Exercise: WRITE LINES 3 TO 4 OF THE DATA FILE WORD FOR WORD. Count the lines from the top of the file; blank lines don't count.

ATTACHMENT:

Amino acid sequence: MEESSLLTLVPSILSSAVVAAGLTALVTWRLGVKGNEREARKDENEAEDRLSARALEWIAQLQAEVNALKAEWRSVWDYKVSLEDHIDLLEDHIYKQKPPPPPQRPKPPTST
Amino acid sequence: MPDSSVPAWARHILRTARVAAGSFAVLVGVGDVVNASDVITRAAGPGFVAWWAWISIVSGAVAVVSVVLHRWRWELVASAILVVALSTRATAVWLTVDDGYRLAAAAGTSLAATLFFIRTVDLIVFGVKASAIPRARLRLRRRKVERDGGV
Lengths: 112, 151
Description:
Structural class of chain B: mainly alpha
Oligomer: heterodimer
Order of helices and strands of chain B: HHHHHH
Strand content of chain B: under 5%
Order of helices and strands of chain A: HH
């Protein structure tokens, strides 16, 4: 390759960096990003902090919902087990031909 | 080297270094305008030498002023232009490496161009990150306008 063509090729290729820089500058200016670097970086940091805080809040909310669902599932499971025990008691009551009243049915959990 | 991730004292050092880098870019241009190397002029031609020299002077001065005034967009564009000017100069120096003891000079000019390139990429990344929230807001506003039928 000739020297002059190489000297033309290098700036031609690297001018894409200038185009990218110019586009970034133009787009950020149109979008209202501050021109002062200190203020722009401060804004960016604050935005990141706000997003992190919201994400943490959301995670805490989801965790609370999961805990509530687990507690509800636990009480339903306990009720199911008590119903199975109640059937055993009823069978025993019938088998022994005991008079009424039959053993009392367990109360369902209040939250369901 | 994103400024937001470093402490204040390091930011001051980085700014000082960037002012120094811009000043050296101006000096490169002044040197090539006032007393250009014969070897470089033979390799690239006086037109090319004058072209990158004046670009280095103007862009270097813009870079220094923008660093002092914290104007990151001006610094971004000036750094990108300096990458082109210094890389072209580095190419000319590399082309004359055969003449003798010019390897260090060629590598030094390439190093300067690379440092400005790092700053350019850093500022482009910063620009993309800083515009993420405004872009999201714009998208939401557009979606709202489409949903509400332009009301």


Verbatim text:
Lengths: 112, 151
Description: